The Trudeau government’s latest attempt to re-write Canadian history and run-down Canada’s first Prime Minister hit close to home… Sir John A. Macdonald’s one-time home, to be precise.
Mere days before this Canada Day – a holiday made possible by Macdonald’s Confederation determination – the Trudeau Liberals announced they would be re-casting Macdonald’s narrative as part of an ongoing renovation of Bellevue House in Kingston.
(Macdonald and his family only lived at Bellevue for about a year, but it’s now a national historic site and focal point for tourists.)
Trudeau’s MP for the area, Mark Gerretsen, proudly re-announced money to fix up the place.
Buried deep in a background document, though, we find that the government will also “renew” and “update” the “visitor experience” at Bellevue.
That’s Trudeau-speak for casting 21st Century judgment on 19th Century leaders’ actions.
Sir John A. has recently become a lightning rod for the social justice warrior set that Trudeau needs to court if he has any hope of winning re-election in October.
As PM, Trudeau has sacrificed his predecessor’s image and memory in the name of ‘reconciliation.’
He removed Macdonald from the $10 bills that are common currency for Canadians who still carry paper money.
He was silent when the Canadian Historical Association removed his Macdonald’s name from a prestigious book prize they’d handed out annually for decades.
And when Ontario teachers pushed for Macdonald’s name to be removed from schools across the province? Again, crickets from the Prime Minister’s Office (which, incidentally, is in a building that used to be named after Macdonald’s public works minister, but that too has been changed.)
Poor Sir John A… Yesterday’s father of a nation. Today’s whipping boy.
Canada’s first Prime Minister was admittedly imperfect.
He was human. We are all flawed in our own way.
He was also a product of his time. And his critics often miss important context.
They point to cherry-picked quotes referring to Indigenous people as “savages.”
But can anyone reasonably argue that our Indigenous peoples would be better off today if what is now Canada had fallen under American control?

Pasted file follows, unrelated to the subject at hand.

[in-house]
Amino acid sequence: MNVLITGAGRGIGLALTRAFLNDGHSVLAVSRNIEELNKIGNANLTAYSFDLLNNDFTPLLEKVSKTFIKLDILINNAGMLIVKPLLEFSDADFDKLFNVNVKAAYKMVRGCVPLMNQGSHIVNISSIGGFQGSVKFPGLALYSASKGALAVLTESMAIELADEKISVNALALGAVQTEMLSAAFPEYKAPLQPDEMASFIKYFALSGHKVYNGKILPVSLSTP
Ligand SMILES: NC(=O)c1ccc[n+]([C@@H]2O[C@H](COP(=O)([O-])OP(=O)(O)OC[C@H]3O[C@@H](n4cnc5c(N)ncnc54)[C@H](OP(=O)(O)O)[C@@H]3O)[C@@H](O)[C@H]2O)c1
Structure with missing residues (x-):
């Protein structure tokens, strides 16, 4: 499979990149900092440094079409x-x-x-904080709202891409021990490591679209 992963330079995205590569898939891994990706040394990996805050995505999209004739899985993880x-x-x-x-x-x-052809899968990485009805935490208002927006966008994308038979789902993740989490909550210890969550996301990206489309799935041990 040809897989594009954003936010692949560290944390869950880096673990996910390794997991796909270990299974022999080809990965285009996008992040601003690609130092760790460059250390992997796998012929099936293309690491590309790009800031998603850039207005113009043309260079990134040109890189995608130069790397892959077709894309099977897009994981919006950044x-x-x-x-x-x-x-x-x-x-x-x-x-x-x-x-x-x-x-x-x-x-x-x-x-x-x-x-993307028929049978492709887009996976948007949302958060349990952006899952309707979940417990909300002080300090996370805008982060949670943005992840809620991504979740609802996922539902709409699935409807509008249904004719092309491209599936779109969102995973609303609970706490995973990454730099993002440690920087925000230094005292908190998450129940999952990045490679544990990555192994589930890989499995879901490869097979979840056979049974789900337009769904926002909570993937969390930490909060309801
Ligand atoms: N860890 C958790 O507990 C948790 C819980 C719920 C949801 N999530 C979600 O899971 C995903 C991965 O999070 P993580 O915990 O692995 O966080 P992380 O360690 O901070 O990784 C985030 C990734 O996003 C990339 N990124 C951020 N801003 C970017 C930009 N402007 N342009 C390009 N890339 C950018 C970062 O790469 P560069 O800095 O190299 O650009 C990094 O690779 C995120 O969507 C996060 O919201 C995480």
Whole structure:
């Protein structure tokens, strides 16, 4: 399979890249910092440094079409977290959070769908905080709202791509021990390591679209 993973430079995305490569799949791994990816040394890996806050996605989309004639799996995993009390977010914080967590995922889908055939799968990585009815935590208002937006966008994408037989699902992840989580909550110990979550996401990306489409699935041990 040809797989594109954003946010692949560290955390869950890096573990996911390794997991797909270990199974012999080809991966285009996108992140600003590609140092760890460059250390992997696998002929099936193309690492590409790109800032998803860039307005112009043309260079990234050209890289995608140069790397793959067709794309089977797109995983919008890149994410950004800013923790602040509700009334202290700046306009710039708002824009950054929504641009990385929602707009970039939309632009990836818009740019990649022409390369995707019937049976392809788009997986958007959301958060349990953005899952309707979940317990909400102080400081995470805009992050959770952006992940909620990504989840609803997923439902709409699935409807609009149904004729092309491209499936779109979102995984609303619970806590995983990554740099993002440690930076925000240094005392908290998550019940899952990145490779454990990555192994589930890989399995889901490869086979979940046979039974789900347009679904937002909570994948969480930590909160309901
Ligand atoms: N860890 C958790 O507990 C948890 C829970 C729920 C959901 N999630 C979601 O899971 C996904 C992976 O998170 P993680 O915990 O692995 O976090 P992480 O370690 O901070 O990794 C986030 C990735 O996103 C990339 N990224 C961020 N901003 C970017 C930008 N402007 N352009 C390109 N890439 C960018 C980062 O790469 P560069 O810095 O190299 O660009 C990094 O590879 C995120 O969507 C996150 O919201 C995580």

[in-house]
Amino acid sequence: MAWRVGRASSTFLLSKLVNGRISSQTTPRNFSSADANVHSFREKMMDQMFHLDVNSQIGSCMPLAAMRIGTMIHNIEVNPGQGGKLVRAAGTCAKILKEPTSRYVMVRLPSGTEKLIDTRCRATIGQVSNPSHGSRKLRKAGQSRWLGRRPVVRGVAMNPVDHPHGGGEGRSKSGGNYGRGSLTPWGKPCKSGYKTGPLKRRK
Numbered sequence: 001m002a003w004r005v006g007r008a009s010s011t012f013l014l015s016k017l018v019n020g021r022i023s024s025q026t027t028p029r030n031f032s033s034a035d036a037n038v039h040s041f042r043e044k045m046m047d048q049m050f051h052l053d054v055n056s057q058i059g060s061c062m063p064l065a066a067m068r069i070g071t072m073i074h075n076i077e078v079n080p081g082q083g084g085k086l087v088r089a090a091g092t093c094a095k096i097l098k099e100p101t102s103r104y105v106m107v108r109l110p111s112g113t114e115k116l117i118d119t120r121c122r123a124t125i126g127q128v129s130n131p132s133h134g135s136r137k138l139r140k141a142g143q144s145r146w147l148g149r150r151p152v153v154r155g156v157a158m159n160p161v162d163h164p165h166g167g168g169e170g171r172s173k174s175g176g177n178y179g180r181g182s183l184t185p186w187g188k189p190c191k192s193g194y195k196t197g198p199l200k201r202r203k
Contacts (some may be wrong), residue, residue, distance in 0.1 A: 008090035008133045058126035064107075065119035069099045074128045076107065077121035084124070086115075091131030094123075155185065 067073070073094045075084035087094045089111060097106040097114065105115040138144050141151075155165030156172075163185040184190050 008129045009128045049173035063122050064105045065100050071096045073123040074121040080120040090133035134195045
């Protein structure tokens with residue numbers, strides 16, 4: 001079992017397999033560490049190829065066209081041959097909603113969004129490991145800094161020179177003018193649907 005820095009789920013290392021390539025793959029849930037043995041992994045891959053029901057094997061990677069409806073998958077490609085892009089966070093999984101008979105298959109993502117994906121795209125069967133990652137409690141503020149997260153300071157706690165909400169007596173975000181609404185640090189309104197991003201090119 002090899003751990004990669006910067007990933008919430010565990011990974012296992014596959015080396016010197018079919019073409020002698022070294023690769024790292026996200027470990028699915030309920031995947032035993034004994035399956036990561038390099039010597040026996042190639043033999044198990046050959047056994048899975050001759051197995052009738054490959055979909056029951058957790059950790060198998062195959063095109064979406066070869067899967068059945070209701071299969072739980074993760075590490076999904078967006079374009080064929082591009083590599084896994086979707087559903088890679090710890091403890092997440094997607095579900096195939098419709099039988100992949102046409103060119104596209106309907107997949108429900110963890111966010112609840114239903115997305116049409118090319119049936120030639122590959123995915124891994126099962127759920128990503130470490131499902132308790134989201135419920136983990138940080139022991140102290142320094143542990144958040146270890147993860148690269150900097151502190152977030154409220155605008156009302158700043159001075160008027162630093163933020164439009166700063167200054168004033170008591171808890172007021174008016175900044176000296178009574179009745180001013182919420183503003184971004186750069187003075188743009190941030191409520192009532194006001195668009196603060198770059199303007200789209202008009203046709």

(That was a very real possibility had Confederation efforts failed.)
Some critics don’t like how Macdonald’s government treated different groups while building our railway or quashing Prairie rebellions.
Building a country is tough work it turns out.
And Macdonald had just witnessed Americans nearly tear their country apart in a bloody Civil War.
Compared to some of his contemporaries, Macdonald was positively progressive.
The first two US Presidents who served during Macdonald’s time in office owned slaves.
Canadians should reflect on our history and redress past wrongs where needed.
But what is most galling about Trudeau’s complicity in the Macdonald revisionist movement is its pure partisanship.
Sir Wilfired Laurier, namesake of roads, hotels, schools and even the Liberal Party of Canada’s own club for top donors, wasn’t much different than Macdonald in his treatment of Indigenous peoples. He also signed an order keeping black Americans out of Canada and massively raised a head tax on Chinese migrants.
Later, Mackenzie King refused entry to a boatload of European Jews fleeing Nazi Germany.
Louis St-Laurent’s government changed the Indian Act and paved the way for what would become known as the Sixties Scoop.
Has our current PM, a near non-stop apologist, moved to erase those predecessors’ names or re-write their narratives?
Not on your life.
And there’s the rub.
Just months before our next election…with his own approval ratings tanked…our current PM is finding political expediency in denigrating a founding father over others.
That shouldn’t stand.
Historical revisionism is fraught, and even more so if you do it selectively.
Trudeau’s legacy may be one of apologizing for Canada.
Macdonald’s legacy remains Canada itself – the true north, strong and free – and, 152 years on, the greatest country in the world. Warts and all.
Happy Canada Day.